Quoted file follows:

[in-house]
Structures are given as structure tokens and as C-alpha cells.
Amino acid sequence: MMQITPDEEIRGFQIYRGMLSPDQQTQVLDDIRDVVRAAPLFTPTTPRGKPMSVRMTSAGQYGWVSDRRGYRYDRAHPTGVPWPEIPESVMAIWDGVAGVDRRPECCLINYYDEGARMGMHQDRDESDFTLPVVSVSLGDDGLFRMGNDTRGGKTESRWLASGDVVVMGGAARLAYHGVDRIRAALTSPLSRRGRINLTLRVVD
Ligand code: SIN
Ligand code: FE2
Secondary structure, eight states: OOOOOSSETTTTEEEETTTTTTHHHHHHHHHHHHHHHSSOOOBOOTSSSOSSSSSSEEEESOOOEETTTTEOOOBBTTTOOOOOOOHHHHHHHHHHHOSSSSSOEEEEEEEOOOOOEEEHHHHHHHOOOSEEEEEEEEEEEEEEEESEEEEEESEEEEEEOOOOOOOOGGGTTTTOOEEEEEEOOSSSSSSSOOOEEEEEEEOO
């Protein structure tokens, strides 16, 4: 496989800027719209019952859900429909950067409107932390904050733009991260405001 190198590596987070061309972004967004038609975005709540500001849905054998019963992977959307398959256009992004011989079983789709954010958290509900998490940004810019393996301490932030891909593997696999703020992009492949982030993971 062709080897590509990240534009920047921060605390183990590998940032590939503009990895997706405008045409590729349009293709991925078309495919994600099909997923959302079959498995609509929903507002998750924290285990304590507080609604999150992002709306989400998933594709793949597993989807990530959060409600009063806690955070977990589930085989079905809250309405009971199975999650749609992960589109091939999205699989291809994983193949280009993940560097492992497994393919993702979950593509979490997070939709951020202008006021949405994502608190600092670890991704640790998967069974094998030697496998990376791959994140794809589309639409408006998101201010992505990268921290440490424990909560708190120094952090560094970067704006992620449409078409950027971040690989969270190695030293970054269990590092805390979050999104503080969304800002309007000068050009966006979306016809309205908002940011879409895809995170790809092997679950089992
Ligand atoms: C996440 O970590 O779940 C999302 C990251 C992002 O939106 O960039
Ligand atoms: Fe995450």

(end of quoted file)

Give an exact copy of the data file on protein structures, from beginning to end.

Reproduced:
[in-house]
Structures are given as structure tokens and as C-alpha cells.
Amino acid sequence: MMQITPDEEIRGFQIYRGMLSPDQQTQVLDDIRDVVRAAPLFTPTTPRGKPMSVRMTSAGQYGWVSDRRGYRYDRAHPTGVPWPEIPESVMAIWDGVAGVDRRPECCLINYYDEGARMGMHQDRDESDFTLPVVSVSLGDDGLFRMGNDTRGGKTESRWLASGDVVVMGGAARLAYHGVDRIRAALTSPLSRRGRINLTLRVVD
Ligand code: SIN
Ligand code: FE2
Secondary structure, eight states: OOOOOSSETTTTEEEETTTTTTHHHHHHHHHHHHHHHSSOOOBOOTSSSOSSSSSSEEEESOOOEETTTTEOOOBBTTTOOOOOOOHHHHHHHHHHHOSSSSSOEEEEEEEOOOOOEEEHHHHHHHOOOSEEEEEEEEEEEEEEEESEEEEEESEEEEEEOOOOOOOOGGGTTTTOOEEEEEEOOSSSSSSSOOOEEEEEEEOO
């Protein structure tokens, strides 16, 4: 496989800027719209019952859900429909950067409107932390904050733009991260405001 190198590596987070061309972004967004038609975005709540500001849905054998019963992977959307398959256009992004011989079983789709954010958290509900998490940004810019393996301490932030891909593997696999703020992009492949982030993971 062709080897590509990240534009920047921060605390183990590998940032590939503009990895997706405008045409590729349009293709991925078309495919994600099909997923959302079959498995609509929903507002998750924290285990304590507080609604999150992002709306989400998933594709793949597993989807990530959060409600009063806690955070977990589930085989079905809250309405009971199975999650749609992960589109091939999205699989291809994983193949280009993940560097492992497994393919993702979950593509979490997070939709951020202008006021949405994502608190600092670890991704640790998967069974094998030697496998990376791959994140794809589309639409408006998101201010992505990268921290440490424990909560708190120094952090560094970067704006992620449409078409950027971040690989969270190695030293970054269990590092805390979050999104503080969304800002309007000068050009966006979306016809309205908002940011879409895809995170790809092997679950089992
Ligand atoms: C996440 O970590 O779940 C999302 C990251 C992002 O939106 O960039
Ligand atoms: Fe995450």